Tamil Uyir Ezhuthukal

Shall I Compare Thee To A Summer’s Day?

I am a translator that works to bring Tamil stories and articles to English. I wrote an article here reviewing a Tamil novel’s translation. To summarize, I mainly criticized the translation for not properly bringing the novel’s soul into English. To be able to do so requires an intimate knowledge of the original language of a story and the target language. Though the translator did a passable job – and it was genuinely much better than other translations that I have come across – the result fell flat over all.

While working as a translator, I have learned that just an intimate knowledge of both languages is not enough. There are things that do not carry over even if the translator does an excellent job. Such as a word’s history. By that, I do not mean the word’s etymology. I mean the word’s impact in its culture of origin, the feelings it invokes upon its use. Even when faithfully translated, the reader may not have the necessary context to fully appreciate the word or phrase being used. Let me give you an example.

It is not unheard of in Tamil literature, films, and so on for a cow or bull’s eye to be a symbol of innocent beauty. They pull the plows that till soil. They provide milk. They are raised with love and affection by their farmers. To many agrarian families, their cattle are cherished parts of their lives. A cow’s death is something to be mourned and the little purity I have left in me is telling me that the grief is not due to the monetary loss. On top of all that, cow’s have religious import in Hinduism. So is it so strange for a cow’s eye to be considered beautiful?

With that established, let’s say there is a passage I am translating where a man is thinking of his lover and her gorgeous, twinkling, dark eyes. Let’s say he compares those eyes to those of his family’s cow. Reading this as a Tamil speaker, I wouldn’t bat an eye. At most I’d find it slightly odd but I’d still get it. However. The eyes of cattle do not have that connotation for many English speakers so I am left with a dilemma. Do I faithfully translate it and add a distracting, flow-breaking footnote explaining the culture behind a cow’s eye? Do I do my job but forgo a footnote, thereby leaving my reader to potentially be confused or, worst-case, misinterpret the man’s intentions with his lover? What if my reader thinks the man is insulting her?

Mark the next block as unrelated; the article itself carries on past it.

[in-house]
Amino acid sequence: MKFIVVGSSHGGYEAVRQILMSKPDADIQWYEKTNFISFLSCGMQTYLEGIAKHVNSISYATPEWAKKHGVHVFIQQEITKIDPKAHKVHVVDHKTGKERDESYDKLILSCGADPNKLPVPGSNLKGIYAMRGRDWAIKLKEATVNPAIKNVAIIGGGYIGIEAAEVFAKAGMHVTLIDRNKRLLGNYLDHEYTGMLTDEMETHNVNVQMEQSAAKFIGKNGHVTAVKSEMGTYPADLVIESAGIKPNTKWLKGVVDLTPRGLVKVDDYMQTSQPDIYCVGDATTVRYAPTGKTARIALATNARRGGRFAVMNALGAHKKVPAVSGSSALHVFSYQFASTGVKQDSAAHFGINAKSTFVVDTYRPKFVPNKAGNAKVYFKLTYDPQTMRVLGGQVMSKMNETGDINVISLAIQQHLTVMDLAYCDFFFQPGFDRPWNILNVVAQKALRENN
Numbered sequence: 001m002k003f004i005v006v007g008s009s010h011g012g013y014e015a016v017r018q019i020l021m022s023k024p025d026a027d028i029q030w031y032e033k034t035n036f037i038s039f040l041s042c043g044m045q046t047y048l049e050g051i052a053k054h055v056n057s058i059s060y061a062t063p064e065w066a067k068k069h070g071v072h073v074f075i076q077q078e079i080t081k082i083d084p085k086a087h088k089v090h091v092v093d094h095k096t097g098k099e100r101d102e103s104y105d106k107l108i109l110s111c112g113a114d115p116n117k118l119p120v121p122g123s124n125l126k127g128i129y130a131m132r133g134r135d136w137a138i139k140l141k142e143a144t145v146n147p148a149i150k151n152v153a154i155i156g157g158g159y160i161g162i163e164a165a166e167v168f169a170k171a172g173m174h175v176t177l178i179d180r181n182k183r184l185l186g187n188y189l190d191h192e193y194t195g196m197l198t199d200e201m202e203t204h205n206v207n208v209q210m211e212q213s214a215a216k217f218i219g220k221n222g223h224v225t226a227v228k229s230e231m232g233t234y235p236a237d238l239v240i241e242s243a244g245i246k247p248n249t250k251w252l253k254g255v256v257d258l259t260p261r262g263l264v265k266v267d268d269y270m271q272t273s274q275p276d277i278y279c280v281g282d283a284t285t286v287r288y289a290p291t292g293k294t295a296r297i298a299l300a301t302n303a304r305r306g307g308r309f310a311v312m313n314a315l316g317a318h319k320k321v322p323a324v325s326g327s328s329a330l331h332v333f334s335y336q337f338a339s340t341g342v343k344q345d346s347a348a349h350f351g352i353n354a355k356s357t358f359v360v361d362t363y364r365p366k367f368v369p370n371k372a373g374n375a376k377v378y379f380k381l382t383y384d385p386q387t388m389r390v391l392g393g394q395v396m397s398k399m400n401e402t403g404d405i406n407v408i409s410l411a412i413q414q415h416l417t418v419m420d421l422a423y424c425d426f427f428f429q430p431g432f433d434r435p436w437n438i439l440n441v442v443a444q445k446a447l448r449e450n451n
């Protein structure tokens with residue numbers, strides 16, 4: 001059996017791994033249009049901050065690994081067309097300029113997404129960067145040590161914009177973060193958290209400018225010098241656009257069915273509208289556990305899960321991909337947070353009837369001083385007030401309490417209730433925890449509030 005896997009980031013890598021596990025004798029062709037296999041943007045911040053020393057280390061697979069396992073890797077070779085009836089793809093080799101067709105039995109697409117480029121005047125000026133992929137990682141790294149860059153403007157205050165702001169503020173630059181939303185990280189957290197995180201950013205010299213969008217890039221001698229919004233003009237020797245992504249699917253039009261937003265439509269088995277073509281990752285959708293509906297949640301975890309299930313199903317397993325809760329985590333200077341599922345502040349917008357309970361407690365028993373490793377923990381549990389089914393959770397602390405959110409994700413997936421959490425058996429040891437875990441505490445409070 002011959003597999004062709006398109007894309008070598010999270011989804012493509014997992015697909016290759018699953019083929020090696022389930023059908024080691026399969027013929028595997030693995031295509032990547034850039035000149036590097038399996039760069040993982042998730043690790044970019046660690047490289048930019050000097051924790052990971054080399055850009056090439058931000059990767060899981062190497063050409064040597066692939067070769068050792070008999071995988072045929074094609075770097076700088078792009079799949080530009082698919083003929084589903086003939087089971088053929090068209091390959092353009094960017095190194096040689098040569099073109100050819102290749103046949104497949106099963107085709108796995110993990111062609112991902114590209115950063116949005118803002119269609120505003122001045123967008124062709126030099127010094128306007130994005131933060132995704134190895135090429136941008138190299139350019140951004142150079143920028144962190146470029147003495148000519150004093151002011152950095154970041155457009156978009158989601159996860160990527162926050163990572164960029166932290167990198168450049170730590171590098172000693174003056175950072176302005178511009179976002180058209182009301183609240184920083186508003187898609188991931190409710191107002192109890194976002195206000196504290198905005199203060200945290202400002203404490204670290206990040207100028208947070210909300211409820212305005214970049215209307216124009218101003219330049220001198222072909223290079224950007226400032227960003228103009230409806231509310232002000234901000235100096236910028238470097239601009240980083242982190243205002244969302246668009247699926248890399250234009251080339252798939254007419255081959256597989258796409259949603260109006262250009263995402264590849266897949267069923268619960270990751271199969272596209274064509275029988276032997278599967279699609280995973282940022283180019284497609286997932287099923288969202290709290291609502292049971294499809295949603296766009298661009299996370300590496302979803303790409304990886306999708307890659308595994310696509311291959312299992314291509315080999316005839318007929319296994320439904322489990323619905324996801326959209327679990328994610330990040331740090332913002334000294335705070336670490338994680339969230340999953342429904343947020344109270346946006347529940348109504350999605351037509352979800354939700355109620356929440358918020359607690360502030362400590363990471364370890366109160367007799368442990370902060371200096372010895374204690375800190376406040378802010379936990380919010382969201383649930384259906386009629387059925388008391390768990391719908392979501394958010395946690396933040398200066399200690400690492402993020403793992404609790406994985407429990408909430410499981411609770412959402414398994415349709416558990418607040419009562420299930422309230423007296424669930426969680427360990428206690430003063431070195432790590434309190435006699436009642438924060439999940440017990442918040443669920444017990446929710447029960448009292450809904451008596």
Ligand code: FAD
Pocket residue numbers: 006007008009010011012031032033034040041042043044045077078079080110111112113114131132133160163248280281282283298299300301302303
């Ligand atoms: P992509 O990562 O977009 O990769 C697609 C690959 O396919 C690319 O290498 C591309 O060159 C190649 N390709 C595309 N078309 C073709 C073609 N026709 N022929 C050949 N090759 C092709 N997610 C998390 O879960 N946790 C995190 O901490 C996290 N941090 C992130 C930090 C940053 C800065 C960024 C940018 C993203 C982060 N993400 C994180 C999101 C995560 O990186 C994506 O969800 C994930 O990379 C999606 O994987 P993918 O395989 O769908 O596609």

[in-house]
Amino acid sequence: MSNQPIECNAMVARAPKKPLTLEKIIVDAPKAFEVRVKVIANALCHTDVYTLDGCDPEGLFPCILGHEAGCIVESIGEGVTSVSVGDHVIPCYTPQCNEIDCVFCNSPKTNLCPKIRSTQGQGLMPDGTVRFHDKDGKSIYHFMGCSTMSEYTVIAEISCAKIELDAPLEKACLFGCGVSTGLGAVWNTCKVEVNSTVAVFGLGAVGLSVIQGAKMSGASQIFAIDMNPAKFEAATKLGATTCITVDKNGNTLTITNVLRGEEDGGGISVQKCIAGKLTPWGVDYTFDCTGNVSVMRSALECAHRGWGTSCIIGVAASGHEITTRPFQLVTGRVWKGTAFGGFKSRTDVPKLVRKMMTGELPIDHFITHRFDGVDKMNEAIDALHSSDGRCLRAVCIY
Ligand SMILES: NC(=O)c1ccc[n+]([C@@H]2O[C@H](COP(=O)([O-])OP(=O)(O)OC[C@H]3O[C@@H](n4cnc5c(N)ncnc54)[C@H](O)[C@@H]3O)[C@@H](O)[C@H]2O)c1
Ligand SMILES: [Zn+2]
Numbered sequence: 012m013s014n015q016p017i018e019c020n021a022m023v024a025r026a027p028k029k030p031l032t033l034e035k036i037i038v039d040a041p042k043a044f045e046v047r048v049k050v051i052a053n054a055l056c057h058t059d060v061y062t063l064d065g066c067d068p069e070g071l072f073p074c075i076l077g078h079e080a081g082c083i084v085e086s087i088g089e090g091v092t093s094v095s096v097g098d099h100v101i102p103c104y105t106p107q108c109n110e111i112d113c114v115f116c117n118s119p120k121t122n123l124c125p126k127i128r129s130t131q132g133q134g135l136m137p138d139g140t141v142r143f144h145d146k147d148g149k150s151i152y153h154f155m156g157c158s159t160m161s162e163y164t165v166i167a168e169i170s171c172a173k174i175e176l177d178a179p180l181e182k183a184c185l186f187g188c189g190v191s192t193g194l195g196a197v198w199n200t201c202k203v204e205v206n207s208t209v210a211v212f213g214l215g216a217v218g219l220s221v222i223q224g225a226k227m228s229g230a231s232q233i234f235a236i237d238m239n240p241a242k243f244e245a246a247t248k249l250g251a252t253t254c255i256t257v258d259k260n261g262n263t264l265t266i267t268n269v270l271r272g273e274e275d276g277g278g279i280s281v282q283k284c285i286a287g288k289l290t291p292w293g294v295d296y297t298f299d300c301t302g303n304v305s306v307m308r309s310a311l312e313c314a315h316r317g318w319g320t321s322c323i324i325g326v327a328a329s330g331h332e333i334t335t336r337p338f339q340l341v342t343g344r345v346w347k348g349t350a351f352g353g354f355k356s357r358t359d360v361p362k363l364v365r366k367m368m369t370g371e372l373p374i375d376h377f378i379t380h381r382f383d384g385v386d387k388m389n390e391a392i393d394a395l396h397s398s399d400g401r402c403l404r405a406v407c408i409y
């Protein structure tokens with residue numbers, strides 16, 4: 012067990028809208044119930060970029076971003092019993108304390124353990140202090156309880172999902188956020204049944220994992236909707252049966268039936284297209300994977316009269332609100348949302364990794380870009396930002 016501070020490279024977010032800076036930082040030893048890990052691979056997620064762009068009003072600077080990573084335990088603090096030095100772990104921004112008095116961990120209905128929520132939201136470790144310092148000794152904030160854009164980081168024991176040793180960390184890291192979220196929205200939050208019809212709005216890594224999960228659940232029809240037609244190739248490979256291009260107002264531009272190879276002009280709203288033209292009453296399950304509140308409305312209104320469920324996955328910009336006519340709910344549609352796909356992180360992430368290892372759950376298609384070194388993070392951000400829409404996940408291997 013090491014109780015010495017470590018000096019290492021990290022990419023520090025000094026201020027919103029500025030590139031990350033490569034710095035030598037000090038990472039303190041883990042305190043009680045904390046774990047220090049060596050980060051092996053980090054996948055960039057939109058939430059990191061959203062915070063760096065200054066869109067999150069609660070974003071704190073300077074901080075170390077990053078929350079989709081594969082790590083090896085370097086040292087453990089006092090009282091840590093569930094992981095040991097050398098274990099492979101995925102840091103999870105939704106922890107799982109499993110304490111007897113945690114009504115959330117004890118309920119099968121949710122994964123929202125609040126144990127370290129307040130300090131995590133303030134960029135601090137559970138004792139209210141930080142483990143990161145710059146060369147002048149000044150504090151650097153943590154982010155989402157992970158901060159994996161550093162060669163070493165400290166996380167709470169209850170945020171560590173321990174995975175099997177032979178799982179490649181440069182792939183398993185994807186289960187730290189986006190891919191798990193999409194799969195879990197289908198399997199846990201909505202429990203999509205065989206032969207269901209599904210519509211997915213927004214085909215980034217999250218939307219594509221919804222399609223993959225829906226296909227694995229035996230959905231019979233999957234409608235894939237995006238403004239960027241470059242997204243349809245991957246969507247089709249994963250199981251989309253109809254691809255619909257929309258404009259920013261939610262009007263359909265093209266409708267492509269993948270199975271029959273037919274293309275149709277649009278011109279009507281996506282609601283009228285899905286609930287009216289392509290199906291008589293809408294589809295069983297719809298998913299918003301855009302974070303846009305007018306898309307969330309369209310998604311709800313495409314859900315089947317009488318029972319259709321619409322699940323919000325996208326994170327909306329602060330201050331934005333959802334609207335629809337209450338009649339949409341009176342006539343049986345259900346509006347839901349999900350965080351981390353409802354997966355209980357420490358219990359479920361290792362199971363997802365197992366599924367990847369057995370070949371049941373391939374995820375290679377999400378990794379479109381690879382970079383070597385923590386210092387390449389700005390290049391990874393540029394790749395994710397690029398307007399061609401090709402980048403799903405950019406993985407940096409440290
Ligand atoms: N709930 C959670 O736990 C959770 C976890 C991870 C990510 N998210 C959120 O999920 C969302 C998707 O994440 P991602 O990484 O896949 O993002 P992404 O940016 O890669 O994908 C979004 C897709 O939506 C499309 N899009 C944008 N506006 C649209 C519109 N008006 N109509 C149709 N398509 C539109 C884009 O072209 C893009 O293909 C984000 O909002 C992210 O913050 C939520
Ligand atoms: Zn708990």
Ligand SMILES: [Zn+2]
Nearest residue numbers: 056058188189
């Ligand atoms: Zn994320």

Or maybe I change it so the man is comparing her eyes to sparkling stars? The character’s intent – and by extension the author’s – would be preserved but I would have done so by radically altering the text. I would have robbed the reader of intuiting the culture behind the symbolism. It is not outright censorship as I am still maintaining the author’s intent, but it leaves a bad taste in my mouth regardless.

Thus far I have remained faithful in translating whatever words the authors use, trusting my readers to get it. Or use their hearts and minds for a moment and then, get it. Most readers know to take a holistic approach when reading stories. They understand that if a man is in love, his attempts at poetic comparison are given in good faith and he hasn’t suddenly developed a need to insult his girlfriend.

Despite the struggle, the times in which I have to think some more about the words I am translating are times I cherish. After all, it is a chance to turn the word over and over in my mind, playing with it and seeking why its use makes my heart beat in answer to its call.

There are also many times where I do not have this problem and the words or phrases still have the same spirit. For better or worse, they are largely ones that reflect the human experience. To prove it, I will give you a sentence from one of my favorite books of all time: Deadhouse Gates by Steven Erikson. Context will not be necessary.

I am confident that its impact would remain regardless of what language it gets translated to. Not due to its cutting simplicity. But because of the utterance of three words that, in a just world, would never share a breath.

“Children are dying.”

If you are multilingual, experience that sentence again in a language of your choosing. Discomfort. Anger. Grief. Weakness. Impotence. There are scores of negative feelings that those words, in that order, bring up. And they would be one of the easiest words to translate.

Immerse yourself in the sentences you read. If the work you’re reading is translated, immerse yourself some more. Words can, and will, transcend language.

An odd sentence without context, yes?

-R.S. Saha

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